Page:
Massing in architectural theoryEdit
Massing refers to the structure in three dimensions (form), not just its outline from a single perspective (shape). Massing influences the sense of space which the building encloses, and helps to define both the interior space and the exterior shape of the building. The creation of massing, and changes to it, may be additive (accumulating or repeating masses) or subtractive (creating spaces or voids in a mass by removing parts of it). Massing can also be significantly altered by the materials used for the building's exterior, as transparent or layered materials are perceived differently.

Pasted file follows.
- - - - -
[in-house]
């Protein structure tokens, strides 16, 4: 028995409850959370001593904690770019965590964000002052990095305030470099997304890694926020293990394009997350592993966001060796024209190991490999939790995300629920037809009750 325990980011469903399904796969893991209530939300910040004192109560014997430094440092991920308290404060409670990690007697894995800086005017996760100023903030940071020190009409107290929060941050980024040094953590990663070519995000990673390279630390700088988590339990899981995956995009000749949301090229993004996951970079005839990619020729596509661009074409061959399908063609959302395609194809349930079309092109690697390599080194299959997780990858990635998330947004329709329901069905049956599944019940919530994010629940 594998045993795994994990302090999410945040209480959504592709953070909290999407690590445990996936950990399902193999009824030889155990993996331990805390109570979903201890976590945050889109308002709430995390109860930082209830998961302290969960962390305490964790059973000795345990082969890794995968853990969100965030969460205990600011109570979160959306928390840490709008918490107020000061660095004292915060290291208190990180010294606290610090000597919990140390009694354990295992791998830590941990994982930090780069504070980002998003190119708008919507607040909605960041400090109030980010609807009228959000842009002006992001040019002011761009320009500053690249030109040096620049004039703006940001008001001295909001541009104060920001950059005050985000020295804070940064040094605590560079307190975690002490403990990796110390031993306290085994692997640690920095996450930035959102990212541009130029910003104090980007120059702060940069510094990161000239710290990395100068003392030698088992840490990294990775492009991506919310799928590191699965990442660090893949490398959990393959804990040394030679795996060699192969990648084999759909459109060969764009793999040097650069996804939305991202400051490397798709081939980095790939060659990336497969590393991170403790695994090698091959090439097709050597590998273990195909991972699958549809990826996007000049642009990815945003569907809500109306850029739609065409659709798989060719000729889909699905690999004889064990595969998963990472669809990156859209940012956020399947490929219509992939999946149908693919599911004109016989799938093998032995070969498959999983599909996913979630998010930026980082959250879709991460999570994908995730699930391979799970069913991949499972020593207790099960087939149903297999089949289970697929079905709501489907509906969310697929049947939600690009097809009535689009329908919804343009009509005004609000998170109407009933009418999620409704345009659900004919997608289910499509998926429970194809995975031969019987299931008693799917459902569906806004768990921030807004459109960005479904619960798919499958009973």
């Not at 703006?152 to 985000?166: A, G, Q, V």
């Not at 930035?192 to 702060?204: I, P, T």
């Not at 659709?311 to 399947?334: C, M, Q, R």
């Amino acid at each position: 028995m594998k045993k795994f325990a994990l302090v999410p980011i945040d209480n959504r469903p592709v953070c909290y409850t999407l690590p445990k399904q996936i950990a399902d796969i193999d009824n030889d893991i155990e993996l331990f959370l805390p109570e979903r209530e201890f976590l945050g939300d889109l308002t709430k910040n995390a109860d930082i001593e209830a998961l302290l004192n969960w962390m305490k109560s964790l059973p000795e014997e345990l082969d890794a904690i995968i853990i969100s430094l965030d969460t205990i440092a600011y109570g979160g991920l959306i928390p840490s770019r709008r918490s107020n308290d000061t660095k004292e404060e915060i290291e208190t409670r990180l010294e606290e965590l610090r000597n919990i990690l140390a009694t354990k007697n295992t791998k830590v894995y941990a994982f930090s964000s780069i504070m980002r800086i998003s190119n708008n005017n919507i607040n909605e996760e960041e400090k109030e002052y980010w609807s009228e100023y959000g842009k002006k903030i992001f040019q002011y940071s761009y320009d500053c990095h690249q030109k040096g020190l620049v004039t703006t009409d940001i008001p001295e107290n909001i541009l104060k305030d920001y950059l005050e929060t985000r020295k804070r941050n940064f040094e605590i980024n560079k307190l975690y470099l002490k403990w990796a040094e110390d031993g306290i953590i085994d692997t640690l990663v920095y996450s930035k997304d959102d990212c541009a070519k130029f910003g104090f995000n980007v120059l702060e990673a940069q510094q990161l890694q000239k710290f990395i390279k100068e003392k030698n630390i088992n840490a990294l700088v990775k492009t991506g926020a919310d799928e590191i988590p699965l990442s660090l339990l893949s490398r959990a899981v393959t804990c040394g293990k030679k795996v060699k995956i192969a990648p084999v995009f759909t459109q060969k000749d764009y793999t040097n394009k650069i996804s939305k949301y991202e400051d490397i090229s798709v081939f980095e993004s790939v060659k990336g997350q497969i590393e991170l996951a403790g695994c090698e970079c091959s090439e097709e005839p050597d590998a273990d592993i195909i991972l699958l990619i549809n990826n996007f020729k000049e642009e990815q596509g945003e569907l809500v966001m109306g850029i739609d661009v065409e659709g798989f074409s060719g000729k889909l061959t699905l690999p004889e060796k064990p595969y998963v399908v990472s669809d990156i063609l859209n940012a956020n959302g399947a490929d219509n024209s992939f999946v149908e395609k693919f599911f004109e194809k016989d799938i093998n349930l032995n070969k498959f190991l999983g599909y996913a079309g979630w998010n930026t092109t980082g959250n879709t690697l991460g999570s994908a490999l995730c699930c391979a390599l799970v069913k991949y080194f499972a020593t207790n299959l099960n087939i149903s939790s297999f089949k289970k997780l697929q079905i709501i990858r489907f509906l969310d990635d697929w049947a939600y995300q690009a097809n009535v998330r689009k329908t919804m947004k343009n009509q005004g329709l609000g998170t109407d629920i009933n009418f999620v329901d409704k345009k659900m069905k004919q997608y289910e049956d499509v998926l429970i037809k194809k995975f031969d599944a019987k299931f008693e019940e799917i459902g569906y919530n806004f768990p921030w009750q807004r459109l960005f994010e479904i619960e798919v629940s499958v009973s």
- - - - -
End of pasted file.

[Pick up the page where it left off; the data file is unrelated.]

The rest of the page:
It is widely accepted that architectural design begins by studying massing. From a distance, massing, more than any architectural detail, is what creates the most impact on the eye. Architectural details or ornaments serve to reinforce massing. Because it has a direct relation to the visual impact a building makes, massing is one of the most important architectural design considerations.
Some architectural styles are closely associated with massing. For example, the Prairie School is always low and horizontal, while the Gothic style emphasizes verticality and Georgian architecture focuses on solidity and a sense of permanence.
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